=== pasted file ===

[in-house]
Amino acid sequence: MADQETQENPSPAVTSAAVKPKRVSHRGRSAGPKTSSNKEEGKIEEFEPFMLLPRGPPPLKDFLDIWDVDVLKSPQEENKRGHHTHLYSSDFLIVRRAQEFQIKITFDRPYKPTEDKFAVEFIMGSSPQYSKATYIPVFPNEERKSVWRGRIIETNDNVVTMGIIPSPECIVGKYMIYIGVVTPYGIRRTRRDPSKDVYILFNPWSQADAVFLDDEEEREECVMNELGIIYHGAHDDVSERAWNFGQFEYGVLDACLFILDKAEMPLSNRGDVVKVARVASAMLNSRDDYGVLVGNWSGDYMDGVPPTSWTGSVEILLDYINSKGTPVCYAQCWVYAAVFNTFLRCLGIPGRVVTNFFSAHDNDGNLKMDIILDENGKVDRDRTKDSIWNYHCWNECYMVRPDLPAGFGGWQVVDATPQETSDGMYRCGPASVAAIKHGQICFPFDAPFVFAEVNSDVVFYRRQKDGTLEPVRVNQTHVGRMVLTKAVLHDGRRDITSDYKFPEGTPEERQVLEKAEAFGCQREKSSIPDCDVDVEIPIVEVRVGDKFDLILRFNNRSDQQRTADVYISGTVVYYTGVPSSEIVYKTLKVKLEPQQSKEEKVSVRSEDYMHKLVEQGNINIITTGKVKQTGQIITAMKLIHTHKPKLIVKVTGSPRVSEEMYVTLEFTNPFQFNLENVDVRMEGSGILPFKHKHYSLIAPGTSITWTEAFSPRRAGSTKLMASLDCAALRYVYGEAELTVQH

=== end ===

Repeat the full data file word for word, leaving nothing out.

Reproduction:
[in-house]
Amino acid sequence: MADQETQENPSPAVTSAAVKPKRVSHRGRSAGPKTSSNKEEGKIEEFEPFMLLPRGPPPLKDFLDIWDVDVLKSPQEENKRGHHTHLYSSDFLIVRRAQEFQIKITFDRPYKPTEDKFAVEFIMGSSPQYSKATYIPVFPNEERKSVWRGRIIETNDNVVTMGIIPSPECIVGKYMIYIGVVTPYGIRRTRRDPSKDVYILFNPWSQADAVFLDDEEEREECVMNELGIIYHGAHDDVSERAWNFGQFEYGVLDACLFILDKAEMPLSNRGDVVKVARVASAMLNSRDDYGVLVGNWSGDYMDGVPPTSWTGSVEILLDYINSKGTPVCYAQCWVYAAVFNTFLRCLGIPGRVVTNFFSAHDNDGNLKMDIILDENGKVDRDRTKDSIWNYHCWNECYMVRPDLPAGFGGWQVVDATPQETSDGMYRCGPASVAAIKHGQICFPFDAPFVFAEVNSDVVFYRRQKDGTLEPVRVNQTHVGRMVLTKAVLHDGRRDITSDYKFPEGTPEERQVLEKAEAFGCQREKSSIPDCDVDVEIPIVEVRVGDKFDLILRFNNRSDQQRTADVYISGTVVYYTGVPSSEIVYKTLKVKLEPQQSKEEKVSVRSEDYMHKLVEQGNINIITTGKVKQTGQIITAMKLIHTHKPKLIVKVTGSPRVSEEMYVTLEFTNPFQFNLENVDVRMEGSGILPFKHKHYSLIAPGTSITWTEAFSPRRAGSTKLMASLDCAALRYVYGEAELTVQH